The 48th Marine Corps Marathon is just over a month away and WTOP is highlighting runners who are planning to take on the 26.2 mile stretch around the nation’s capital.
One of them will be taking on the course for the 11th year in a row.
D.C.-based long-distance runner Jennifer Hickey first ran the Marine Corps Marathon in 2012, which was also her first marathon.
“I registered and just ran it completely unprepared,” Hickey told WTOP. “Just the feeling that I had after finishing, it was unmatchable. I was, like, I need to sign up for another one.”
She has now run 200 marathons — once running five in just five days.
In 2014, she began running marathons for causes and nonprofits — and ran 28 marathons that year, alone.
“I wanted to do something a little bit larger than just running marathons for myself,” Hickey said.
She chose something close to her heart: Comfort Zone Camp, a nonprofit grief camp for children in Virginia who have lost loved ones. Hickey lost her father, who also briefly served in the Marines, when she was just 7 years old.
Hickey then began running to raise awareness for veteran suicide and eventually ran for the Travis Manion Foundation, an organization focused on empowering veterans and families of fallen service members.
“The organization just hit a part of me that I can’t fully explain,” she said. “I’ve been running it for Travis Manion Foundation since then.”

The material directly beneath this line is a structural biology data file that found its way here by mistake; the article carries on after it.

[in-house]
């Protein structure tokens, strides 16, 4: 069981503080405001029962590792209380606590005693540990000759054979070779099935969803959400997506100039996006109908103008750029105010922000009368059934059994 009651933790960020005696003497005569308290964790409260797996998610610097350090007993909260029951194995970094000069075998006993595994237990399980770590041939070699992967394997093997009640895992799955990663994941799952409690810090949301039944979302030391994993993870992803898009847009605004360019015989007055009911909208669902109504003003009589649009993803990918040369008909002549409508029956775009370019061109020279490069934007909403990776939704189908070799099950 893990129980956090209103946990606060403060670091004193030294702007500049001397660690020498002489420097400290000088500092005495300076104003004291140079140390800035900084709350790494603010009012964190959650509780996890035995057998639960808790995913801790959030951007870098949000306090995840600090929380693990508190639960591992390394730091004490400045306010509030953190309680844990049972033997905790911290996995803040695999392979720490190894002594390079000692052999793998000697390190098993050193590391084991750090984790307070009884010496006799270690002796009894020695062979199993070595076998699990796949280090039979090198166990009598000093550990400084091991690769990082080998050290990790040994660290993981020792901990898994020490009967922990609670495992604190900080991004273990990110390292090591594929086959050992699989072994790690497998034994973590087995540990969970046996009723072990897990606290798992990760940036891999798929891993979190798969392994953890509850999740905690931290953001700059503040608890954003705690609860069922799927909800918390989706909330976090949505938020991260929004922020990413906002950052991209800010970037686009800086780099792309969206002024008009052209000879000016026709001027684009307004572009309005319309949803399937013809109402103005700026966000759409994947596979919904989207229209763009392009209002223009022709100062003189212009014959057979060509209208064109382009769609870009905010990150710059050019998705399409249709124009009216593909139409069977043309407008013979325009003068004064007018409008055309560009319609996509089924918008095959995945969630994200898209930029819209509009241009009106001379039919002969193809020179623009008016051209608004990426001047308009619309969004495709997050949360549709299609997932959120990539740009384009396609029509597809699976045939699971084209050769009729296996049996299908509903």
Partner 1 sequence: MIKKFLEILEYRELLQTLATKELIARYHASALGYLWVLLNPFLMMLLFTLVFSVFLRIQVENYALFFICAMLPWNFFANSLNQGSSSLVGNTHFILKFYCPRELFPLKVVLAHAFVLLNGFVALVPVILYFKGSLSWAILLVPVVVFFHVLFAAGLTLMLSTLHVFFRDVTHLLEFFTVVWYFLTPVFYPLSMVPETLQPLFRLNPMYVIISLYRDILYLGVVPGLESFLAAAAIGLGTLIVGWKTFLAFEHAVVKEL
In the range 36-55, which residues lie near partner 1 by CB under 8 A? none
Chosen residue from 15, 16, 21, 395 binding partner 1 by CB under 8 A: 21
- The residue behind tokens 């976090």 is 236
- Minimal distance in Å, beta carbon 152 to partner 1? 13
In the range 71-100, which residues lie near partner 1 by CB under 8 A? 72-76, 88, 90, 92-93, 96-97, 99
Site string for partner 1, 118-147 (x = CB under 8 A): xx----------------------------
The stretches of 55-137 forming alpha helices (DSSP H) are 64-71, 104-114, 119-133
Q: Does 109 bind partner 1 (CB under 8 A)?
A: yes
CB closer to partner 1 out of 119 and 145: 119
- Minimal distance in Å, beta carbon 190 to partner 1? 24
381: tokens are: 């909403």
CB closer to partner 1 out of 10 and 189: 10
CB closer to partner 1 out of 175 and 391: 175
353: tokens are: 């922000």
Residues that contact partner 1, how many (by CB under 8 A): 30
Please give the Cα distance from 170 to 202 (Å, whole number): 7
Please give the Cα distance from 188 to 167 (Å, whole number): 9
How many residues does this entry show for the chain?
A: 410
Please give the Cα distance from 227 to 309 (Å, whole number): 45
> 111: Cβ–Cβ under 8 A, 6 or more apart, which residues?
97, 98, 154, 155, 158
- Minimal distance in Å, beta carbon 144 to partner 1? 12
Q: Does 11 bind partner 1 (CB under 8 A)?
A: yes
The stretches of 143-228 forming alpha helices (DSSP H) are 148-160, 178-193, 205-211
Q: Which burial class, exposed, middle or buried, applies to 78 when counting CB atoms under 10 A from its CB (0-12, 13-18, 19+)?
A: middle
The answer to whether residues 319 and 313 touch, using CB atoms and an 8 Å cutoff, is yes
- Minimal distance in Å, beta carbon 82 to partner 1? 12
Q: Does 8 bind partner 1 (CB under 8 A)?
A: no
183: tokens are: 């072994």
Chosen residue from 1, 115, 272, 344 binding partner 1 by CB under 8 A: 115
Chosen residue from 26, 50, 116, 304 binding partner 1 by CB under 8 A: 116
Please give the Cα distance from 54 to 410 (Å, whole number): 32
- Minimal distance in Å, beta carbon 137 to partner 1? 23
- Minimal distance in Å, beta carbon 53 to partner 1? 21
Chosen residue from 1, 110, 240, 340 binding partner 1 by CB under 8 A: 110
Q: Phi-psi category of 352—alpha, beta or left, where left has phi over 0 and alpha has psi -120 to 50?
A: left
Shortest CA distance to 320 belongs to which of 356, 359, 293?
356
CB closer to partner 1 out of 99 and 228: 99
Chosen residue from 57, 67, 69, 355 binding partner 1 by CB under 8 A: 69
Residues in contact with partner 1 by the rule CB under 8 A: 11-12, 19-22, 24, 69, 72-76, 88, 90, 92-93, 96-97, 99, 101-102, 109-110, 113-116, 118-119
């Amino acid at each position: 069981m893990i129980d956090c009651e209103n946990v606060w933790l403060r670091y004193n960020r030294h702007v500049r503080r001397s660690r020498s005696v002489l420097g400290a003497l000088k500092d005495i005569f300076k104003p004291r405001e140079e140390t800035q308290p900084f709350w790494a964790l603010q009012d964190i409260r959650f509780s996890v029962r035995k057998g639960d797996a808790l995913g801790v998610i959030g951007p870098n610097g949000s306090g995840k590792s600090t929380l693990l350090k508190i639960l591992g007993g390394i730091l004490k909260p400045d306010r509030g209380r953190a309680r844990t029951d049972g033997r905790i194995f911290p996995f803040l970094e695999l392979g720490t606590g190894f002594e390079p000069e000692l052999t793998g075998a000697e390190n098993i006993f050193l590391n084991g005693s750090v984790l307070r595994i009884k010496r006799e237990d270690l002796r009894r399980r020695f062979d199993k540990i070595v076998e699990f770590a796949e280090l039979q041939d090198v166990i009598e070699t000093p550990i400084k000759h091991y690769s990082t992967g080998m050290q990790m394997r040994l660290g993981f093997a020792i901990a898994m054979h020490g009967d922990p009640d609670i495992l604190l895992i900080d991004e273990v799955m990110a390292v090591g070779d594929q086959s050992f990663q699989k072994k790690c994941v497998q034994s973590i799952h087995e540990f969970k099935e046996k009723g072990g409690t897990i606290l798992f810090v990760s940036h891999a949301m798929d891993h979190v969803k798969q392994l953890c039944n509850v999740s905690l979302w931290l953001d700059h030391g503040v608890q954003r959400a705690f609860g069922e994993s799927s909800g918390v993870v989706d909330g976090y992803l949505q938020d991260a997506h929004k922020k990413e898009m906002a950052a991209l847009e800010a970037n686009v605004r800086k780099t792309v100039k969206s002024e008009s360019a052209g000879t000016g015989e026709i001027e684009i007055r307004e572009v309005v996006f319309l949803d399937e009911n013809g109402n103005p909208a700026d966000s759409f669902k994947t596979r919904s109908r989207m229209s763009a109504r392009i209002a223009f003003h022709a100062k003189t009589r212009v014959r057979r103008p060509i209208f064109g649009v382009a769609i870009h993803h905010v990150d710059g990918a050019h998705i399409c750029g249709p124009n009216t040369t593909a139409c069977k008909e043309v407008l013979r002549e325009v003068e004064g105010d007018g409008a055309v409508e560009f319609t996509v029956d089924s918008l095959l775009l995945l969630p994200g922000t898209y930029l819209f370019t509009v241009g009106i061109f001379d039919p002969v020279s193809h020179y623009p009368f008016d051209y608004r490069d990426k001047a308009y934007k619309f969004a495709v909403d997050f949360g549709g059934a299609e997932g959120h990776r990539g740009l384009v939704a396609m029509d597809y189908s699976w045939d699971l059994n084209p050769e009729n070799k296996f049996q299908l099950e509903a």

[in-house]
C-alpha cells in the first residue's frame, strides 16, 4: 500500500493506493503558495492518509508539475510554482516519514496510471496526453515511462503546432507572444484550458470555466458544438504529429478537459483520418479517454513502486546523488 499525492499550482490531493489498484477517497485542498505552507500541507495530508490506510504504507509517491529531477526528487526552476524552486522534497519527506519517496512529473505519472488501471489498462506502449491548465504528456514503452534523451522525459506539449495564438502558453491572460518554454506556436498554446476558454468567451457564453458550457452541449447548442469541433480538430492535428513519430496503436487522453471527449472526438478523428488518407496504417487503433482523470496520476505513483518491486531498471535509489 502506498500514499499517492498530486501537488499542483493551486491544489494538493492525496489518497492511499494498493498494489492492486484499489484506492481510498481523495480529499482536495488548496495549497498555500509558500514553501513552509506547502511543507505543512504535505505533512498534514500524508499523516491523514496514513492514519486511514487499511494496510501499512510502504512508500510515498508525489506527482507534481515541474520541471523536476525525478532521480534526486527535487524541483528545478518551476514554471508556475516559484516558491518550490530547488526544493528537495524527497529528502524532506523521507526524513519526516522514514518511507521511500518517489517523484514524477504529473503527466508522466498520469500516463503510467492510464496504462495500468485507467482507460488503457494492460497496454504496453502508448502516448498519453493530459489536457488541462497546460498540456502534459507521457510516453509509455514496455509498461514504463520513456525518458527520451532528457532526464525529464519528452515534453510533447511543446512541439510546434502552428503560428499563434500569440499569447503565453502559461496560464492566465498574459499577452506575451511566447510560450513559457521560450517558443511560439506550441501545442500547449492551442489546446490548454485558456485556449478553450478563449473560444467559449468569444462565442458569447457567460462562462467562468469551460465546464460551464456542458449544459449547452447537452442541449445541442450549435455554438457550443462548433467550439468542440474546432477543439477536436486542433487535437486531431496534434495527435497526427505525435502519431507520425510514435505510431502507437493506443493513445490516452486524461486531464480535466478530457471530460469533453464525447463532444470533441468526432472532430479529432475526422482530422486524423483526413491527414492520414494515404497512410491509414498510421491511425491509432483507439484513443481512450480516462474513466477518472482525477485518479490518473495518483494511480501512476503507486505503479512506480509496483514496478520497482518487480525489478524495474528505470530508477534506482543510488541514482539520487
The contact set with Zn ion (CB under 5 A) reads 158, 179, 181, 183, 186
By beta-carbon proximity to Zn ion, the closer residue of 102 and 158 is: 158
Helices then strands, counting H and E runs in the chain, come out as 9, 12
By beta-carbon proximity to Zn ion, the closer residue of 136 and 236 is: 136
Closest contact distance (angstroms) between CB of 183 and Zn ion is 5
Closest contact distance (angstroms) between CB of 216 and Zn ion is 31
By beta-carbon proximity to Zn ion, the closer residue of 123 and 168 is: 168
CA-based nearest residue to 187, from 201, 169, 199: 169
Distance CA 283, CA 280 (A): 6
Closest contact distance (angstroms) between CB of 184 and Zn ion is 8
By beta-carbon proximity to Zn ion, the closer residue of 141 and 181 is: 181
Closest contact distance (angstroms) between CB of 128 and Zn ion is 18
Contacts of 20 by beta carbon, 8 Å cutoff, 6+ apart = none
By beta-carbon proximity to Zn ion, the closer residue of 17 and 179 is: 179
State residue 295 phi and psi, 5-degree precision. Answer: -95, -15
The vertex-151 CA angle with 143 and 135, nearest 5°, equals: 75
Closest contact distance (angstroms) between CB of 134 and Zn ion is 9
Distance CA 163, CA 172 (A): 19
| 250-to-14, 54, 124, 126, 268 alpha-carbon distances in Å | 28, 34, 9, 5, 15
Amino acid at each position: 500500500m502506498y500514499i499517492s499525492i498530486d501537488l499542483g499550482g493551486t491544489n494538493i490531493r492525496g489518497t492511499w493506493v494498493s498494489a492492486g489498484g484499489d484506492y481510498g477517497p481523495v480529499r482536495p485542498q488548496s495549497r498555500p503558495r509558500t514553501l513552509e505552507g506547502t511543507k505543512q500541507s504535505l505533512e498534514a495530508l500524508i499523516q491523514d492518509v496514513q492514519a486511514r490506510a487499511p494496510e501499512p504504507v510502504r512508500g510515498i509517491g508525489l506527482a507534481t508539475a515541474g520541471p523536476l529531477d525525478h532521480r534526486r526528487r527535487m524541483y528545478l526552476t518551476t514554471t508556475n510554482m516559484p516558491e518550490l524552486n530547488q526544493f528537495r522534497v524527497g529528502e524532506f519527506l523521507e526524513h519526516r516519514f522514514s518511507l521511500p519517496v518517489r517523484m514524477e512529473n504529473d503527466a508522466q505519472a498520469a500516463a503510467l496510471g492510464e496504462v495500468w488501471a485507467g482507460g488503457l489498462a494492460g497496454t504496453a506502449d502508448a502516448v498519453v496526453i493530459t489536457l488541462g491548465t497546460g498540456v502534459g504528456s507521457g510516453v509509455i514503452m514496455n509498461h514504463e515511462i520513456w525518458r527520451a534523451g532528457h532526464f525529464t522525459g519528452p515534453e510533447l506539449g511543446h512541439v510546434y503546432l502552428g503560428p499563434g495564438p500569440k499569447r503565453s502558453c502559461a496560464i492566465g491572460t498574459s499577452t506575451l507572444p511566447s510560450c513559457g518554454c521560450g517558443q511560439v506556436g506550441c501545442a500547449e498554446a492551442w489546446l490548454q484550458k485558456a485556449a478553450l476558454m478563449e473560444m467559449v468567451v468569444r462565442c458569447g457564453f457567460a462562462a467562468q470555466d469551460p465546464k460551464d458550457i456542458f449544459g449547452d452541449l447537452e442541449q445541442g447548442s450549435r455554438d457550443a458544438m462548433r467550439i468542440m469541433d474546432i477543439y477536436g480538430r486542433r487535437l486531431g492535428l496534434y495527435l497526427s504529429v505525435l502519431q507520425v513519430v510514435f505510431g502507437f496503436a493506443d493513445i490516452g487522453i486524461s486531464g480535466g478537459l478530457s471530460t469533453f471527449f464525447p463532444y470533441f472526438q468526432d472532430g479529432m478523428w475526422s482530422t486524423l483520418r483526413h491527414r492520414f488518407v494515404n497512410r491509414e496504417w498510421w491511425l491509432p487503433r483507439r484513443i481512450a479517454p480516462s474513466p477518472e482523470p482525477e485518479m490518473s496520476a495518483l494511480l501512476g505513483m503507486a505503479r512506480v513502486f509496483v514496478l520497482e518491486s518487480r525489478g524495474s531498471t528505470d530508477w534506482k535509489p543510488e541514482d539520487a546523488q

Hickey sported the organization’s racing shirt during last year’s MCM.
In 2018, she set out on a mission to represent a fallen military member from each state and territory in the U.S., aiming to complete 54. Hickey ended up running 60, one just two days after her mother passed away.
While she has run these distances across the country, the Marine Corps Marathon holds a special place in her heart.
“It’s a sense of community that you find on a different level than I’ve found in any other marathon,” she said.
About the large crowds lining the entire race, Hickey said, “It’s an unmatchable feeling, all that support and the screaming and the signs and it’s a great distraction.”
Her favorite part, though, has very little supporters and is quiet and peaceful. The Blue Mile serves as a reminder to runners and features “Faces of the Fallen” posters and ribbons honoring service members who died in active duty.
“It’s this respected mile and all those images get a command from the runners,” Hickey said, describing how quiet most racers go.
She advices first-time runners to start slow and conserve energy but above all else have fun.
“Enjoy the atmosphere, soak it up.”
The Marine Corps Marathon will be held on Oct. 29.
WTOP wants to know why you’re planning to run and what is motivating you to train for this event. WTOP will choose some of these stories to feature in an upcoming on-air and online special report. If you or someone you know has an interesting story to tell, tell us about it.